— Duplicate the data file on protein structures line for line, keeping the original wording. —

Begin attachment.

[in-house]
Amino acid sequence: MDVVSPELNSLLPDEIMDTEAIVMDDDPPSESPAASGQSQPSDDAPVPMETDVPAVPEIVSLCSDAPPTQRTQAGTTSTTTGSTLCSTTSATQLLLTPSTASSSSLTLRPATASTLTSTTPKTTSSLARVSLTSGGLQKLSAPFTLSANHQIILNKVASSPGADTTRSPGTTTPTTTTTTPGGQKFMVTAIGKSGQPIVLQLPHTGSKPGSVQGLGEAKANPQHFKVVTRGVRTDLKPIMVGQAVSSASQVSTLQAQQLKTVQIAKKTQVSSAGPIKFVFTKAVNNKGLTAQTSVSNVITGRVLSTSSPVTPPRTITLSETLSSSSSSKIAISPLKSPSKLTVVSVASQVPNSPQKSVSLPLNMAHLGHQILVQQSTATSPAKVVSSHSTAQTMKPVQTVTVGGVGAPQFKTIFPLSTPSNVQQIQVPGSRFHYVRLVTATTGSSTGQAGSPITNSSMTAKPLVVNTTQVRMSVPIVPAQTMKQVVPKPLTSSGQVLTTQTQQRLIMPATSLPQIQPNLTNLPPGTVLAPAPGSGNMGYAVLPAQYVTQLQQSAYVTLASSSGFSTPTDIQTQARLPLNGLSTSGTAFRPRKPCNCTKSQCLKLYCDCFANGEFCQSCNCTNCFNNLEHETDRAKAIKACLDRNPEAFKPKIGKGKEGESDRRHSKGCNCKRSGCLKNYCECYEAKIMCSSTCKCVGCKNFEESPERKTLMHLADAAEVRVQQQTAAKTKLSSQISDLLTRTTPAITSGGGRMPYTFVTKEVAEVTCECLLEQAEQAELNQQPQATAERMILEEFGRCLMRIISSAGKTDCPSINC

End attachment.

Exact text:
[in-house]
Amino acid sequence: MDVVSPELNSLLPDEIMDTEAIVMDDDPPSESPAASGQSQPSDDAPVPMETDVPAVPEIVSLCSDAPPTQRTQAGTTSTTTGSTLCSTTSATQLLLTPSTASSSSLTLRPATASTLTSTTPKTTSSLARVSLTSGGLQKLSAPFTLSANHQIILNKVASSPGADTTRSPGTTTPTTTTTTPGGQKFMVTAIGKSGQPIVLQLPHTGSKPGSVQGLGEAKANPQHFKVVTRGVRTDLKPIMVGQAVSSASQVSTLQAQQLKTVQIAKKTQVSSAGPIKFVFTKAVNNKGLTAQTSVSNVITGRVLSTSSPVTPPRTITLSETLSSSSSSKIAISPLKSPSKLTVVSVASQVPNSPQKSVSLPLNMAHLGHQILVQQSTATSPAKVVSSHSTAQTMKPVQTVTVGGVGAPQFKTIFPLSTPSNVQQIQVPGSRFHYVRLVTATTGSSTGQAGSPITNSSMTAKPLVVNTTQVRMSVPIVPAQTMKQVVPKPLTSSGQVLTTQTQQRLIMPATSLPQIQPNLTNLPPGTVLAPAPGSGNMGYAVLPAQYVTQLQQSAYVTLASSSGFSTPTDIQTQARLPLNGLSTSGTAFRPRKPCNCTKSQCLKLYCDCFANGEFCQSCNCTNCFNNLEHETDRAKAIKACLDRNPEAFKPKIGKGKEGESDRRHSKGCNCKRSGCLKNYCECYEAKIMCSSTCKCVGCKNFEESPERKTLMHLADAAEVRVQQQTAAKTKLSSQISDLLTRTTPAITSGGGRMPYTFVTKEVAEVTCECLLEQAEQAELNQQPQATAERMILEEFGRCLMRIISSAGKTDCPSINC